A vintage video clip from the 1930’s featuring Sally Rand:
Undated, The performer known as Kalantan:
A 1940’s era burlesque performer:
Tara is a local attorney who graciously offers her time to my students. Active in the local LGBT community, Tara is a tireless activist supporting equal rights for all people. Her presentation is followed by an informative Question&Answer period. Previous students have described her visit as life changing… and that echoes my sentiments. She is amazing.
More about Tara: In 1987, Tara received her undergraduate degree in Marine Engineering, from the United States Naval Academy in Annapolis. Following graduation, she served as a Commissioned Officer in the US Navy. After being honorably discharged, Tara worked as a nuclear engineer for over a decade. She is a licensed Professional Engineer. In 1999, she partially completed a MBA degree, at the College of William and Mary, before relocating to Columbus. In 2005, Tara graduated from Capital University Law School, cum laude, passed the Ohio Bar Exam, and was admitted to the Ohio Bar. Following graduation from law school, she has served as General Counsel / Contracts Manager for a mid-sized, construction-industry company, in Lexington, KY. In 2008, she relocated back to Columbus, in order to start her own law practice. She is a member of the Columbus Bar Association and is admitted to practice before the U.S. District Court for the Southern District of Ohio. She practices primarily in the areas of domestic/family law, Lesbian, Gay, Bi, and Transgender law, contract law, construction law, and civil litigation. Tara is an active public speaker on LGBT-related issues; she has spoken numerous times at The Ohio State University, The Ohio State University Law School, Capital University Law School, Dennison University, Ohio Northern University, Transylvania University, Columbus Alternative High School, the King Avenue United Methodist Church in Columbus, Ohio, and the LGBT Subcommittee of the Columbus Bar Association. She has been a presenter at the TransOhio Annual Transgender and Ally Symposium (2008, 2009, 2010, and 2011). She has also spoken on LGBT issues at the 2010 Ohio Diversity and Leadership Conference, the 2011 Equality Ohio CAUSE Conference at Columbus State Community College, before the Columbus Community Relations Commission, and the Columbus Police Academy.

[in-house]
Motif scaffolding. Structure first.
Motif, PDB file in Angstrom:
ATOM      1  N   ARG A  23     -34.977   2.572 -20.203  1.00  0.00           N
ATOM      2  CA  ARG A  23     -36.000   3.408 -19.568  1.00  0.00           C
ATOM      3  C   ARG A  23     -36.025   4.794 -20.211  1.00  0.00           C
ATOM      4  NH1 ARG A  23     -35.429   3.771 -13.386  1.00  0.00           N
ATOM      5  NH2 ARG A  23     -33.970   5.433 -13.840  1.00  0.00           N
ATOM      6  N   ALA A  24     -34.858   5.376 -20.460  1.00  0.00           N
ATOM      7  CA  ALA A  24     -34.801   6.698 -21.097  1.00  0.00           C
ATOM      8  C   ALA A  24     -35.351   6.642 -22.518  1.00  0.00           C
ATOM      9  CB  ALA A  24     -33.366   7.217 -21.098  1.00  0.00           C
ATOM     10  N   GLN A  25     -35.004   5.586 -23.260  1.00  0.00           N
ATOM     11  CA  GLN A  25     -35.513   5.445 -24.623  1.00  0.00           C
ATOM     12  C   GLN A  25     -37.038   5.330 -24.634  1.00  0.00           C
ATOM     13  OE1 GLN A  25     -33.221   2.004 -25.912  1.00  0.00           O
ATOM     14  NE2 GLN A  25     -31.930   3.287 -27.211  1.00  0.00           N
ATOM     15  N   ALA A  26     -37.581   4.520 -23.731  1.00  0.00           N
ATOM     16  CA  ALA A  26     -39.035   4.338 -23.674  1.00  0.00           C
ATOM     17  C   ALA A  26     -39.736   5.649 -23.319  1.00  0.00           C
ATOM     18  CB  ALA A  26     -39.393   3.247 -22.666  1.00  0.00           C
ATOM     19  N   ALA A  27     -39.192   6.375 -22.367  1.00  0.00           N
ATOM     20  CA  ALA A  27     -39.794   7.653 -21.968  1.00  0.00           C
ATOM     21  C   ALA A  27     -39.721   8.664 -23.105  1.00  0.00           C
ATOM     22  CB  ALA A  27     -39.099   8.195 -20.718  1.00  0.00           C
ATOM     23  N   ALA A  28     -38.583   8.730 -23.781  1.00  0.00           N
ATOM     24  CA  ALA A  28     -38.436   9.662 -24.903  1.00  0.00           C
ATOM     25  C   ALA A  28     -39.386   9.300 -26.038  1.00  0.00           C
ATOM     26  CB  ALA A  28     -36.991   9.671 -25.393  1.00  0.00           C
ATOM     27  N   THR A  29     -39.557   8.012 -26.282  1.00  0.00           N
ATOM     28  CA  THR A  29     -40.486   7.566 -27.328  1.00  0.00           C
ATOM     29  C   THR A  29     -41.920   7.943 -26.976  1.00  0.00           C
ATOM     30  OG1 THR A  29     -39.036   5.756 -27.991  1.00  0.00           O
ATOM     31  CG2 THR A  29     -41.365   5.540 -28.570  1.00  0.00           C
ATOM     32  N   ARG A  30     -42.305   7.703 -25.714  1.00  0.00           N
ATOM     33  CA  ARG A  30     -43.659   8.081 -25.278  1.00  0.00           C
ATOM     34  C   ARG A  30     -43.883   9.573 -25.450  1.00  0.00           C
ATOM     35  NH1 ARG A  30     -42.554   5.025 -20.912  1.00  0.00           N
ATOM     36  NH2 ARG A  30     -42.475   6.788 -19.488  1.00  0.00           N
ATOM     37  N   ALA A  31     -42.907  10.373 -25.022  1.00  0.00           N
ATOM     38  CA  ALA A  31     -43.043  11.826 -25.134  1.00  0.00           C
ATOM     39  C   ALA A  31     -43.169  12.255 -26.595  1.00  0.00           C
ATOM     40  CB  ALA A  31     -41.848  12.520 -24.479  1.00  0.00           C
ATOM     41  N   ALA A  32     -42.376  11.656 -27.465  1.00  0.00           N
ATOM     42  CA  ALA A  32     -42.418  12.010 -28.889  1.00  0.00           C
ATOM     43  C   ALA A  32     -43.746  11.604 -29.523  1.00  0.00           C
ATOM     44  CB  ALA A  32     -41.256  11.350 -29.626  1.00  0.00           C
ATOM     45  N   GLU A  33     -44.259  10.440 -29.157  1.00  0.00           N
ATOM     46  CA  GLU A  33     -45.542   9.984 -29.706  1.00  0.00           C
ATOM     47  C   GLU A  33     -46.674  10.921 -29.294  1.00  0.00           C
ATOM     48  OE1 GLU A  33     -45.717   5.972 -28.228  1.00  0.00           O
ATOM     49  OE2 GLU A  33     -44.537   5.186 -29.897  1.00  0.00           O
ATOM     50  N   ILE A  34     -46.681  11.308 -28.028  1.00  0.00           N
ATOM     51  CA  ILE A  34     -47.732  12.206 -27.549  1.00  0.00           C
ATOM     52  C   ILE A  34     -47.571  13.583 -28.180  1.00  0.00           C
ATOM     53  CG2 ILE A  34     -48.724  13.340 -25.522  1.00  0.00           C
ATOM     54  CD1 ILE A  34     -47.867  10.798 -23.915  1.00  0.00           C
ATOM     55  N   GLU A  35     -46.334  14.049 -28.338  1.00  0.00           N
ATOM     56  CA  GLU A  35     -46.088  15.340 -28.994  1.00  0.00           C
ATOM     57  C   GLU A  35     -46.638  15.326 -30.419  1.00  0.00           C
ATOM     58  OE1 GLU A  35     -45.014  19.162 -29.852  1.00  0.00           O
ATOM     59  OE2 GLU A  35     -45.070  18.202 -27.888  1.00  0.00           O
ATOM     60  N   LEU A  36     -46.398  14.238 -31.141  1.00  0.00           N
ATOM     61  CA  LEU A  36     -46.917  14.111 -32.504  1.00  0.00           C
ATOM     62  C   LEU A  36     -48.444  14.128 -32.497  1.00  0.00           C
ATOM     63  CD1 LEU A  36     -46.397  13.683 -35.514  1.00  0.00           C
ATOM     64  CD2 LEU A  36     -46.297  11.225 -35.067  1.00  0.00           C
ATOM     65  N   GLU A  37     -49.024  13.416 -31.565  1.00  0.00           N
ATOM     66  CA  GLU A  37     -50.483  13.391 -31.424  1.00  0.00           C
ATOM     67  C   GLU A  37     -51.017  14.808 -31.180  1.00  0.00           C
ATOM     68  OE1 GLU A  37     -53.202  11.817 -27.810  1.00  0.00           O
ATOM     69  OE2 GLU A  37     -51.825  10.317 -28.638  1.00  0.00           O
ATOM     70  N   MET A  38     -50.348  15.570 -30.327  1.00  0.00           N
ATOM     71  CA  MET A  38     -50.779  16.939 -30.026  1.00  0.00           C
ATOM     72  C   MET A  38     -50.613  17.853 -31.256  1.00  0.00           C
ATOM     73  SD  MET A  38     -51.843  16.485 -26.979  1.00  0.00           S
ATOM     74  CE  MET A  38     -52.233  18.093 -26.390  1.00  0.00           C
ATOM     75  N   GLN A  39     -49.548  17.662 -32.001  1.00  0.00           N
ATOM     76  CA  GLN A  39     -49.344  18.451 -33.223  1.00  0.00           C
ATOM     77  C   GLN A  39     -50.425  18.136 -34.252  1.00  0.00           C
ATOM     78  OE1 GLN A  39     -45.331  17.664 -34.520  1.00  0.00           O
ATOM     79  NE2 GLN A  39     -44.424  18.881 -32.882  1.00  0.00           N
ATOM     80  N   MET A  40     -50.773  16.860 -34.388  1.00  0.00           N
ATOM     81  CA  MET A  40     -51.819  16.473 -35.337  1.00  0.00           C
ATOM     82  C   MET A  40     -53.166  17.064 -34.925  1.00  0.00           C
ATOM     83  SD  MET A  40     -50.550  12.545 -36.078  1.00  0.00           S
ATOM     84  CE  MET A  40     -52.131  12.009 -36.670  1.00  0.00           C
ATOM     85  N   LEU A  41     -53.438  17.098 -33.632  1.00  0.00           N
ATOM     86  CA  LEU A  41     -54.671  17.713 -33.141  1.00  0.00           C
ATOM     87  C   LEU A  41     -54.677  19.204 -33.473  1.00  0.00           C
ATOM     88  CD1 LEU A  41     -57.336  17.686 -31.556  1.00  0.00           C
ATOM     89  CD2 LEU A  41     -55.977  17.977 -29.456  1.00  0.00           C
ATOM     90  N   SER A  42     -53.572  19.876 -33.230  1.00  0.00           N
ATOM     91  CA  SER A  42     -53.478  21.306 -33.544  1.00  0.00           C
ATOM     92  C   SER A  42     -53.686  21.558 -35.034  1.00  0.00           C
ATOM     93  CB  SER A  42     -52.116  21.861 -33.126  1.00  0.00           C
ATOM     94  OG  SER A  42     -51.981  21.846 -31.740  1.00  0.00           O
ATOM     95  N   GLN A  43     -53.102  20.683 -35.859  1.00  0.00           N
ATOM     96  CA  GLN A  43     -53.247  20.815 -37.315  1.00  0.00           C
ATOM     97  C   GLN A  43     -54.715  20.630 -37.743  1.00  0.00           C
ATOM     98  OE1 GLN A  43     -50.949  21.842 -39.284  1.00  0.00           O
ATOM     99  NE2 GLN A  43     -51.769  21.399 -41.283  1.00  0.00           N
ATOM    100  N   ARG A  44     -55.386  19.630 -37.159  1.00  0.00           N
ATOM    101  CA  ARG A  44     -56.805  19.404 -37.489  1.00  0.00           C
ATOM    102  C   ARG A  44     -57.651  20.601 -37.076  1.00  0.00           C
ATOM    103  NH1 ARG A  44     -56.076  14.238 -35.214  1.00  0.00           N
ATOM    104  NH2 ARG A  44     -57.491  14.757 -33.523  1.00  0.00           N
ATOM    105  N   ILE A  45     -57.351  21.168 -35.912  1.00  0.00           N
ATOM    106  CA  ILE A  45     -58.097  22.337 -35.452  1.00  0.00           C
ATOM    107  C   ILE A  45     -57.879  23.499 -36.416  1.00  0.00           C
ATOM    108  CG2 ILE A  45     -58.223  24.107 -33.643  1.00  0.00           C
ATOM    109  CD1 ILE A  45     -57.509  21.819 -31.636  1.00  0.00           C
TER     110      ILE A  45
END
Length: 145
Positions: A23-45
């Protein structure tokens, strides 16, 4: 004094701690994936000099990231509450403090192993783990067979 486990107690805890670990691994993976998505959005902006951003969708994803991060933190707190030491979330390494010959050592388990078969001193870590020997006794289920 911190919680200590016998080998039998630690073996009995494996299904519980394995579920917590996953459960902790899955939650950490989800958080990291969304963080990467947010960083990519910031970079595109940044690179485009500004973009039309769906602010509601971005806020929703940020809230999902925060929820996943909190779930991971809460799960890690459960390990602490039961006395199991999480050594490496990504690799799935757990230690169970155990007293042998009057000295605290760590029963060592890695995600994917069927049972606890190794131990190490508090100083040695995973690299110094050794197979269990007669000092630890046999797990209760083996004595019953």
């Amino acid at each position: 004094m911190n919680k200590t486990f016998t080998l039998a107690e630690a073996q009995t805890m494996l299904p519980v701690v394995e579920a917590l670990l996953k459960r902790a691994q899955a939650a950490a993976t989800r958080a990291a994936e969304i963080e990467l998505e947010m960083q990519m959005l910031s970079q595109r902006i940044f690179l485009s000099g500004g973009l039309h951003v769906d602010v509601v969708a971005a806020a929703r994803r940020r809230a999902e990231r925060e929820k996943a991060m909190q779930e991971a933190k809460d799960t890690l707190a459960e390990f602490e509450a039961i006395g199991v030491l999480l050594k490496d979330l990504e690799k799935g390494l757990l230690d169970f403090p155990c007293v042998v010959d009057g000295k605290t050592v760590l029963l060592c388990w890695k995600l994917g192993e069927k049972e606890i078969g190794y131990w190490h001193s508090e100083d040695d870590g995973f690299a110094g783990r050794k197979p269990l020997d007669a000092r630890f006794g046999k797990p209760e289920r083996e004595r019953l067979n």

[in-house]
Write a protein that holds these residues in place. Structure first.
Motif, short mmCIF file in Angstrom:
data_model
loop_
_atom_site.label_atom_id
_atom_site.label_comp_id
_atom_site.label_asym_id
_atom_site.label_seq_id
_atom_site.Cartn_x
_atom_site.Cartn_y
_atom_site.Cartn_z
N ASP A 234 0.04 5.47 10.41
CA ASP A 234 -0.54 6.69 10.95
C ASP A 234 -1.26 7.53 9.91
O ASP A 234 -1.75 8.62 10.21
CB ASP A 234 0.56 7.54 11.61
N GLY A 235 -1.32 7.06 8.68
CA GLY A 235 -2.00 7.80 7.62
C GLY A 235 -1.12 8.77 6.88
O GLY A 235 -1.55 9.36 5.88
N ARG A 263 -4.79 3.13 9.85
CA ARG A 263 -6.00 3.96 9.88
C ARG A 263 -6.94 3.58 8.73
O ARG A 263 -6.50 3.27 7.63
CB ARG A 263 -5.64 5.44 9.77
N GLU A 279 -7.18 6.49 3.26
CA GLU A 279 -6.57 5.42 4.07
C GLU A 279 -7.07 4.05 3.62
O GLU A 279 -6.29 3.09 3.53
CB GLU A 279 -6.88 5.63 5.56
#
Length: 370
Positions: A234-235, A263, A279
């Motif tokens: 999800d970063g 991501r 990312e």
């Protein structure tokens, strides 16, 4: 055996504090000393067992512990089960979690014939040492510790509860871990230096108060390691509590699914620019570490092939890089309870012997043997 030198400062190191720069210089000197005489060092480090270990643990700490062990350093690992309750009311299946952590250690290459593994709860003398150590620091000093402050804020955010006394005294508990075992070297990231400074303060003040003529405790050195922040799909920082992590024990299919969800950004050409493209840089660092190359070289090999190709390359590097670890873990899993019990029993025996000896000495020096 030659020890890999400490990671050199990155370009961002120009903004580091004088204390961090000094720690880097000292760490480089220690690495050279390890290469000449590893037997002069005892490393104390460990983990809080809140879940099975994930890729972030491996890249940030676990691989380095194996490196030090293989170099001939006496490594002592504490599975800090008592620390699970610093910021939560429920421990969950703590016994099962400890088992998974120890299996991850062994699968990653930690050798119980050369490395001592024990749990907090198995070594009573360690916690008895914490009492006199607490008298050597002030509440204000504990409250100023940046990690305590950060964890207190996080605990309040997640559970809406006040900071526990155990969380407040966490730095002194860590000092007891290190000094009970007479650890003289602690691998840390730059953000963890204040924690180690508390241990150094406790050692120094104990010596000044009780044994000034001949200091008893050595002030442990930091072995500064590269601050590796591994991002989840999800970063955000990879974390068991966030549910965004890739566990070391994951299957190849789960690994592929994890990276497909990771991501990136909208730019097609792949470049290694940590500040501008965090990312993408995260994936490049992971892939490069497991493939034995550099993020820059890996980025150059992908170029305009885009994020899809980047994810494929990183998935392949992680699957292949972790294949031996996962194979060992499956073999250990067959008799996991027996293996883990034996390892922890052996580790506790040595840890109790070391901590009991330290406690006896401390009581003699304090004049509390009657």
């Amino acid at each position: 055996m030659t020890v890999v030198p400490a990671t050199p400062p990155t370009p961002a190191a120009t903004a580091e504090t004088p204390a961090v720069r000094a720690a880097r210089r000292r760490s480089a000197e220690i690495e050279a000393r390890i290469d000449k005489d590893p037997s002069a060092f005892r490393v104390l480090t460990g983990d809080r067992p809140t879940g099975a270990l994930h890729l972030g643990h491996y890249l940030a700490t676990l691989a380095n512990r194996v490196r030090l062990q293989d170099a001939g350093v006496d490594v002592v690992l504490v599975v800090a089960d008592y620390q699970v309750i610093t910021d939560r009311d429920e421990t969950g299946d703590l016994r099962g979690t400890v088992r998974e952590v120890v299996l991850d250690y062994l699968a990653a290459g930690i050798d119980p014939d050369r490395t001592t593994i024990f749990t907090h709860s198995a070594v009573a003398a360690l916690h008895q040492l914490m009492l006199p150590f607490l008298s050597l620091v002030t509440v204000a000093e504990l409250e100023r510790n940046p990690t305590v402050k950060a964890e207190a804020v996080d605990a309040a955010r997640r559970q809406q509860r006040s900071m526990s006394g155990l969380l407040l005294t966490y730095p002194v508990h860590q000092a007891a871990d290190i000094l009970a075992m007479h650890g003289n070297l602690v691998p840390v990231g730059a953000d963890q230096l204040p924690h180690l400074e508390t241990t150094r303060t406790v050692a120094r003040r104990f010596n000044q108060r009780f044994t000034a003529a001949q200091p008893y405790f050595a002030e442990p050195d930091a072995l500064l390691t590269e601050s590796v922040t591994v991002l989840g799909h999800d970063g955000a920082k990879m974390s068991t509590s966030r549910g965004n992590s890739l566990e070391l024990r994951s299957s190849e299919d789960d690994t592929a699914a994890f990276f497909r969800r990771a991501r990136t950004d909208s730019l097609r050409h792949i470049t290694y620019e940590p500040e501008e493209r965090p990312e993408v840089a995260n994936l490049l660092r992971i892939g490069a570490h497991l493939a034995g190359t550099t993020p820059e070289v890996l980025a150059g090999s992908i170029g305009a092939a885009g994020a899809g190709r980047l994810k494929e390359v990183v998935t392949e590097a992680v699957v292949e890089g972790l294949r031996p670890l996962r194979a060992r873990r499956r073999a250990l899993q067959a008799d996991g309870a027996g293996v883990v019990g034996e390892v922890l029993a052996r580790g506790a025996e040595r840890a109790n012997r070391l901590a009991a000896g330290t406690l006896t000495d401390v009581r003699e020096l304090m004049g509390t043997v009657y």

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I am often fortunate enough to have the time available for a visit from Nick and staff members from his businesses. Unfortunately, this semester did not provide us a chance to schedule something. I wanted to toot his horn, though, as he was featured in The Lantern.
Evolved Body Art continues to be the only tattoo business that I “vouch for” because of their adherence to quality standards and their partnerships in a variety of ethical events and organizations. I am proud to call Nick a friend and consider him a colleague in the world of education.